John Hixon Joins ExteNet Systems, Inc. as Director of In-Building Solutions
15-Year Veteran of Sprint-Nextel To Support In-Building DAS Network Business
OAKBROOK TERRACE, Illinois—March 10, 2008—John Hixon has joined ExteNet Systems, Inc. as director of in-building solutions. Hixon comes to the company from Sprint-Nextel Communications.
Hixon spent nearly 15 years at Sprint-Nextel, where he was most recently responsible for overall planning, network optimization, performance engineering and design activities associated with the Chicago market cluster. This market cluster ranks as one of the largest and most complex in the Unites States, encompassing more than 2,000 cell sites.
“John contributes a wealth of engineering, network management and leadership experience to this new post,”said Ross Manire, ExteNet Systems chairman and chief executive officer. “John consistently wins key advocates, and he thrives in an environment where total customer satisfaction is an organization’s primary goal. We are fortunate to have a subject matter expert of John’s caliber join the ExteNet Systems team.”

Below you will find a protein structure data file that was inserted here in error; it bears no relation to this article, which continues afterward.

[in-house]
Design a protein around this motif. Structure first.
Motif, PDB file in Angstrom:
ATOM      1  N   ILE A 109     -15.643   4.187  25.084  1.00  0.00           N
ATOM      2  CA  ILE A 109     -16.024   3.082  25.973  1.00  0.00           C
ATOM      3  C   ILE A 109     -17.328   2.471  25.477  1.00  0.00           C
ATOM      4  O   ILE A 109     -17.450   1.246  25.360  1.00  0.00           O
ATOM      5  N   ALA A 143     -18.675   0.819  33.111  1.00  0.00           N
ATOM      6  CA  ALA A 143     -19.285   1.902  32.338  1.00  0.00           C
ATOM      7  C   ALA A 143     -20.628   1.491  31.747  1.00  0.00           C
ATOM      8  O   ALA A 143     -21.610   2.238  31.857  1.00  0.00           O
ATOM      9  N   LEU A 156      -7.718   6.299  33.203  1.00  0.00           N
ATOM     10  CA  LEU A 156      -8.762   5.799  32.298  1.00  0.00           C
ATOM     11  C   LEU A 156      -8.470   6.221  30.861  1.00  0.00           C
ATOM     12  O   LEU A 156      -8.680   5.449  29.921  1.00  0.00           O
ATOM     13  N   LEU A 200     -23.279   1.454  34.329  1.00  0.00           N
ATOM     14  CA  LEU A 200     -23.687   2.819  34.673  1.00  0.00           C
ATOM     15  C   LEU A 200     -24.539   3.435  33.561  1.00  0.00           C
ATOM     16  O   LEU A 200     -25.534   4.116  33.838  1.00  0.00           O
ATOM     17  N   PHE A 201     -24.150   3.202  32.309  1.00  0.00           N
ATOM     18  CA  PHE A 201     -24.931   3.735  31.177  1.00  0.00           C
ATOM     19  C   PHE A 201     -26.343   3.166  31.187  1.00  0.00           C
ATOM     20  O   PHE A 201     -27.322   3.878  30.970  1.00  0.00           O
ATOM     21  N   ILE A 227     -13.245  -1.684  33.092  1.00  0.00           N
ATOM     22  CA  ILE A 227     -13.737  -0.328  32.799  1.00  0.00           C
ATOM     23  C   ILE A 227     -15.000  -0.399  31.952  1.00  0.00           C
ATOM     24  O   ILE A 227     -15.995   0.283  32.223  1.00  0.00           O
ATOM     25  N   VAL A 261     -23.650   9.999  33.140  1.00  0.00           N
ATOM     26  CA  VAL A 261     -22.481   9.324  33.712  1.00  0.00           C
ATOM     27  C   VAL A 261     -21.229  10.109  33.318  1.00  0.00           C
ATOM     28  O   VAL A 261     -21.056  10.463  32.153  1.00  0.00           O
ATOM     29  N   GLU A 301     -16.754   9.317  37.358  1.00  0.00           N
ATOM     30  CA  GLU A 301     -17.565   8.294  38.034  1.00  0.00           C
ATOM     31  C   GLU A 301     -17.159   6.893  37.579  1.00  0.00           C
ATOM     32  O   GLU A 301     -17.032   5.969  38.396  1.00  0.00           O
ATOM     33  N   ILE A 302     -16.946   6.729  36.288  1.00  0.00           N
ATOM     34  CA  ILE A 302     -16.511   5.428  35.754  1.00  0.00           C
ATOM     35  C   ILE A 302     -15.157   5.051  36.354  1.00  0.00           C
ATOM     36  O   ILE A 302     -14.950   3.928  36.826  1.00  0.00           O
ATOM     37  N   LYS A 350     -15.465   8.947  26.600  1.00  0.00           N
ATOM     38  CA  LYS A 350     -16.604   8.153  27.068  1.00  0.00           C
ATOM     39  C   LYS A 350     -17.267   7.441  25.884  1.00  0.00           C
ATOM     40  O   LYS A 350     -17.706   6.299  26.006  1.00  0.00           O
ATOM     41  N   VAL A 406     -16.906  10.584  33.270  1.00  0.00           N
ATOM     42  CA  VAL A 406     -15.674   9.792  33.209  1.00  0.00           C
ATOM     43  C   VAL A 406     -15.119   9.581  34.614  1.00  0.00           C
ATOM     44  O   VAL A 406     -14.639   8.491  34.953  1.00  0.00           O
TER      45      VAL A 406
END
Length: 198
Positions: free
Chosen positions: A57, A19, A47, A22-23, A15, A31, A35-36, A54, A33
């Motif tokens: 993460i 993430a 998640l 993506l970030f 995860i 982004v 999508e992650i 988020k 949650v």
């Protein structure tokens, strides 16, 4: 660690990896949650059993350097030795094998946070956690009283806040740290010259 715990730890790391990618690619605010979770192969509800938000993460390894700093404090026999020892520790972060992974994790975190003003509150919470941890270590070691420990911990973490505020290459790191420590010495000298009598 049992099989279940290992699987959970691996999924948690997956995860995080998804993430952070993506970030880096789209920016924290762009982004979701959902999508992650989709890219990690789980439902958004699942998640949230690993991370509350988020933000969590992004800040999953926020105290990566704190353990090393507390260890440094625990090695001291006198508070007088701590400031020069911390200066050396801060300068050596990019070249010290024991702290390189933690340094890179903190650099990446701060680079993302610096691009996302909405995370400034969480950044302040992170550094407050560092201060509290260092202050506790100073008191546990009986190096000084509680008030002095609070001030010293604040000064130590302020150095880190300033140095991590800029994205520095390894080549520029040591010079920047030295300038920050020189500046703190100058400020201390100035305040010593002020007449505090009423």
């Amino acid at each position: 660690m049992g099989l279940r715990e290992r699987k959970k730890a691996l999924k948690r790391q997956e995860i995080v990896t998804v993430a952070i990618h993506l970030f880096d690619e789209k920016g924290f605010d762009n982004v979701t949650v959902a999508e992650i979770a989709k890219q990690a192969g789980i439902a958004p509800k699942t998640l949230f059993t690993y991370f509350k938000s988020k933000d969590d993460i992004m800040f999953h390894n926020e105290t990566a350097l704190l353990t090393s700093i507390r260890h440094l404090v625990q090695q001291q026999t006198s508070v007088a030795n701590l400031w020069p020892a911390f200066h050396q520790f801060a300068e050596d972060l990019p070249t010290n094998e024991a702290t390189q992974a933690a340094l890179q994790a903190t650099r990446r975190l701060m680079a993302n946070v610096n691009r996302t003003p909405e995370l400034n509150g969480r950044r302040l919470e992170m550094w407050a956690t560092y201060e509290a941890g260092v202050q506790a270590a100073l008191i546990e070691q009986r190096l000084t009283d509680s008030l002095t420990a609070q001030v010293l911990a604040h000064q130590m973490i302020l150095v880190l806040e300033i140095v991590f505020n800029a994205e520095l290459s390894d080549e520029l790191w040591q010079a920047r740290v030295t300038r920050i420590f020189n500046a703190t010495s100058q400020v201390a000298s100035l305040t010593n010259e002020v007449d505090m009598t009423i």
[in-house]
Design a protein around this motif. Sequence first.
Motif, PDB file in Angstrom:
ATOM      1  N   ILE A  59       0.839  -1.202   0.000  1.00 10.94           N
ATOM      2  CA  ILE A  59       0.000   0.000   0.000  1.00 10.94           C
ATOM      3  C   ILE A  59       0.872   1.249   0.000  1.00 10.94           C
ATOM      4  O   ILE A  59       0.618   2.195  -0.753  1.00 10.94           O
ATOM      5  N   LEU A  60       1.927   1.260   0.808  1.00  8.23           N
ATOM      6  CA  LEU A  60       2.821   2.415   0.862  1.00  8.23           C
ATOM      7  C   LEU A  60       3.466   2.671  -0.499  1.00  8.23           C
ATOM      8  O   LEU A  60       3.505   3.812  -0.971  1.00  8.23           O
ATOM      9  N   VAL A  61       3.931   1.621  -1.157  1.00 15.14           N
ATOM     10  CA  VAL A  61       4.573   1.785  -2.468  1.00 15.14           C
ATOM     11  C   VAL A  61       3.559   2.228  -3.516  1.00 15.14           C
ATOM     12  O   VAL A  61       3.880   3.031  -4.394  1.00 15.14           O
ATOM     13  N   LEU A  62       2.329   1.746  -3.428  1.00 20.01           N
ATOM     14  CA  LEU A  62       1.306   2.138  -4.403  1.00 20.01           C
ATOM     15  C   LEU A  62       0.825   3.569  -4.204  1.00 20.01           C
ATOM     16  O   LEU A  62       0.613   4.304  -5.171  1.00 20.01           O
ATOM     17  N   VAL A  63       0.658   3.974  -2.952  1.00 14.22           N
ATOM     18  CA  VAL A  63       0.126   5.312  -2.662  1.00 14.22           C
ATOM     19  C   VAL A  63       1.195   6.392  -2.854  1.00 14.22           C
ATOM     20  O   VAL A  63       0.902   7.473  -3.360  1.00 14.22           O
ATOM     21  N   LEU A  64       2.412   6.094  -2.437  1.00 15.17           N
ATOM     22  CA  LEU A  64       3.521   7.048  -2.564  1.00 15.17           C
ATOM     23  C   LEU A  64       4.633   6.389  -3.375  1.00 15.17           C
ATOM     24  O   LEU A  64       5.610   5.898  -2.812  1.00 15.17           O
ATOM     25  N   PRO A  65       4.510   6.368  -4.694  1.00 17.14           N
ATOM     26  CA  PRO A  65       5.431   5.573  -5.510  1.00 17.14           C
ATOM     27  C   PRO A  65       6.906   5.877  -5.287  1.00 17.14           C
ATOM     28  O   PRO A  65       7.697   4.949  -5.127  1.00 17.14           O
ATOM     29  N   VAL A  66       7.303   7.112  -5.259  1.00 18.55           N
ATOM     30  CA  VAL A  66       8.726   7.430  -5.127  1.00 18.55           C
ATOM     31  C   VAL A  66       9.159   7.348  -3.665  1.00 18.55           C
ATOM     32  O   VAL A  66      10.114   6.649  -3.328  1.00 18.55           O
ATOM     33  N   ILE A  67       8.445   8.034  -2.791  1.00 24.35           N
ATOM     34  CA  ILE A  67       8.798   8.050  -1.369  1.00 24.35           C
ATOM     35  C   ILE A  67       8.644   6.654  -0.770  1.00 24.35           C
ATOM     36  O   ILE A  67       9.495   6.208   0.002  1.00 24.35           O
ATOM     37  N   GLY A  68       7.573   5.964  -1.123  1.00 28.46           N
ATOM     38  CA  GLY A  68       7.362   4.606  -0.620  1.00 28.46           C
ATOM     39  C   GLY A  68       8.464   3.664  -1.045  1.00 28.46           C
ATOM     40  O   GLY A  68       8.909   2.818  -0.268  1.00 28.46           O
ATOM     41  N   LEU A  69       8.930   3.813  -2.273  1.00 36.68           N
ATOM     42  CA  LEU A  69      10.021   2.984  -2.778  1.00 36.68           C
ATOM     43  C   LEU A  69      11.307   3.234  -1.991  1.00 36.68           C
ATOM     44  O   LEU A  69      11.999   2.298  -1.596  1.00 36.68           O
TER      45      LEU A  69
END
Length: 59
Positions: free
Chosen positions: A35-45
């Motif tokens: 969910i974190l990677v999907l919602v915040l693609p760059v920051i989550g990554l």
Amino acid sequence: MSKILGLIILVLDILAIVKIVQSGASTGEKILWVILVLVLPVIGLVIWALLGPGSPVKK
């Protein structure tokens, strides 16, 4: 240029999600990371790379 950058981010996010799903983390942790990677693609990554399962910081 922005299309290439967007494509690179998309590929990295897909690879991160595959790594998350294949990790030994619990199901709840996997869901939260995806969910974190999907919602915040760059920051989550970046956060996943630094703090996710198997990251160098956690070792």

During Hixon’s employment with Sprint-Nextel, he also served as a senior RF engineering manager/in-building specialization, network operations manager and RF engineering system performance team leader for NASCAR/Chicago and Indianapolis Motor Speedway race events. While with Sprint-Nextel, Hixon was also an EMS and operations team leader on a wireless broadband deployment project with Flarion Technologies (now Qualcomm Flarion Technologies).
Hixon has deep expertise in designing and integrating in-building systems, distributed antenna systems (DAS), fiber nodes and micro cell sites. During his career, he has also been responsible for cradle-to-grave deployment of customized RF in-building solutions.
Hixon began his career with the United States Air Force, where he was a sergeant (E-4), avionics systems journeyman technician with top secret/SBI clearance. He is a graduate of Lewis University and received an A.A.S. in avionic systems technology from the University of Maryland.